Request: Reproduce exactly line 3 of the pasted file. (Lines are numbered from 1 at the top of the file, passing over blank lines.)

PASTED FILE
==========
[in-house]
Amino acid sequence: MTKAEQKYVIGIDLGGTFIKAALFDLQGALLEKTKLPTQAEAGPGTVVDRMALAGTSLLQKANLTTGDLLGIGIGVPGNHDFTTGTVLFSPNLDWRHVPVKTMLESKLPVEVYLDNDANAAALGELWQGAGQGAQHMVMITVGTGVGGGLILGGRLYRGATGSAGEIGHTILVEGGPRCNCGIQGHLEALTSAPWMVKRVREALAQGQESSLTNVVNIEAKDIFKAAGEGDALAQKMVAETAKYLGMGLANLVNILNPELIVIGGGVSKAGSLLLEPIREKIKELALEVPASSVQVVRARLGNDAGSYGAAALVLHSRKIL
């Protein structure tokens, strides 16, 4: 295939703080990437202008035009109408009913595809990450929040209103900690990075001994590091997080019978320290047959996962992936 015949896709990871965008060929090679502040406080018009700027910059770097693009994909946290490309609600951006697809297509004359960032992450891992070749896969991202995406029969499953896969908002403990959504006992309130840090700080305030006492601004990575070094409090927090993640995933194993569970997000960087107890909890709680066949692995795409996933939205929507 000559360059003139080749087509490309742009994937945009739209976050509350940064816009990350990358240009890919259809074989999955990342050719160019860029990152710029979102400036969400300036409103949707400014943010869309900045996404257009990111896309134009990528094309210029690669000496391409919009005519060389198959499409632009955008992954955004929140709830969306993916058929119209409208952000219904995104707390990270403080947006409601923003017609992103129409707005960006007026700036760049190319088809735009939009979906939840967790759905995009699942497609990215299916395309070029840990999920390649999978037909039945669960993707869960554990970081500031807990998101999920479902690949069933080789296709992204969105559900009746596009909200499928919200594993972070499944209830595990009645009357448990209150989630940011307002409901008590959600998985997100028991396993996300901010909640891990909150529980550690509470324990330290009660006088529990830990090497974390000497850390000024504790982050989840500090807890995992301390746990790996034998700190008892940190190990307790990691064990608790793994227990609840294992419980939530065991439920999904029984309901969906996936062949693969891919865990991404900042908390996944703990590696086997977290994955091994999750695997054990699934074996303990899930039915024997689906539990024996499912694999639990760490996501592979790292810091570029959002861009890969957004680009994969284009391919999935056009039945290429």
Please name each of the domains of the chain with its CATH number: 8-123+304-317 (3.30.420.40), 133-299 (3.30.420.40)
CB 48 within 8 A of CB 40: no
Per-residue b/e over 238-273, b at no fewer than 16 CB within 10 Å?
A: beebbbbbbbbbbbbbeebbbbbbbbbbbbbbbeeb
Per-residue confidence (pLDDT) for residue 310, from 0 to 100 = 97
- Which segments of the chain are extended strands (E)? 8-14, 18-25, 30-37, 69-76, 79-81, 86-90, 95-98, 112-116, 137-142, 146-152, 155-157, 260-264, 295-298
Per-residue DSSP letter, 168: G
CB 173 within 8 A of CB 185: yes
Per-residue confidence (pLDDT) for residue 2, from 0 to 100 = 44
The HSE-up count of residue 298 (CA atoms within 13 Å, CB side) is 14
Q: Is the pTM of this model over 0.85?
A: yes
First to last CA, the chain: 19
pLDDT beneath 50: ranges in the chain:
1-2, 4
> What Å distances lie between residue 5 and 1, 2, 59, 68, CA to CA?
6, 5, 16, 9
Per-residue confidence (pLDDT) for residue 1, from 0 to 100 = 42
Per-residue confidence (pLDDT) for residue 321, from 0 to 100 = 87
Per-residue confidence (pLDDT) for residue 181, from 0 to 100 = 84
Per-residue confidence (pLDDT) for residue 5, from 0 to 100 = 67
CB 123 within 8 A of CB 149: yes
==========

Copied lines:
């Protein structure tokens, strides 16, 4: 295939703080990437202008035009109408009913595809990450929040209103900690990075001994590091997080019978320290047959996962992936 015949896709990871965008060929090679502040406080018009700027910059770097693009994909946290490309609600951006697809297509004359960032992450891992070749896969991202995406029969499953896969908002403990959504006992309130840090700080305030006492601004990575070094409090927090993640995933194993569970997000960087107890909890709680066949692995795409996933939205929507 000559360059003139080749087509490309742009994937945009739209976050509350940064816009990350990358240009890919259809074989999955990342050719160019860029990152710029979102400036969400300036409103949707400014943010869309900045996404257009990111896309134009990528094309210029690669000496391409919009005519060389198959499409632009955008992954955004929140709830969306993916058929119209409208952000219904995104707390990270403080947006409601923003017609992103129409707005960006007026700036760049190319088809735009939009979906939840967790759905995009699942497609990215299916395309070029840990999920390649999978037909039945669960993707869960554990970081500031807990998101999920479902690949069933080789296709992204969105559900009746596009909200499928919200594993972070499944209830595990009645009357448990209150989630940011307002409901008590959600998985997100028991396993996300901010909640891990909150529980550690509470324990330290009660006088529990830990090497974390000497850390000024504790982050989840500090807890995992301390746990790996034998700190008892940190190990307790990691064990608790793994227990609840294992419980939530065991439920999904029984309901969906996936062949693969891919865990991404900042908390996944703990590696086997977290994955091994999750695997054990699934074996303990899930039915024997689906539990024996499912694999639990760490996501592979790292810091570029959002861009890969957004680009994969284009391919999935056009039945290429």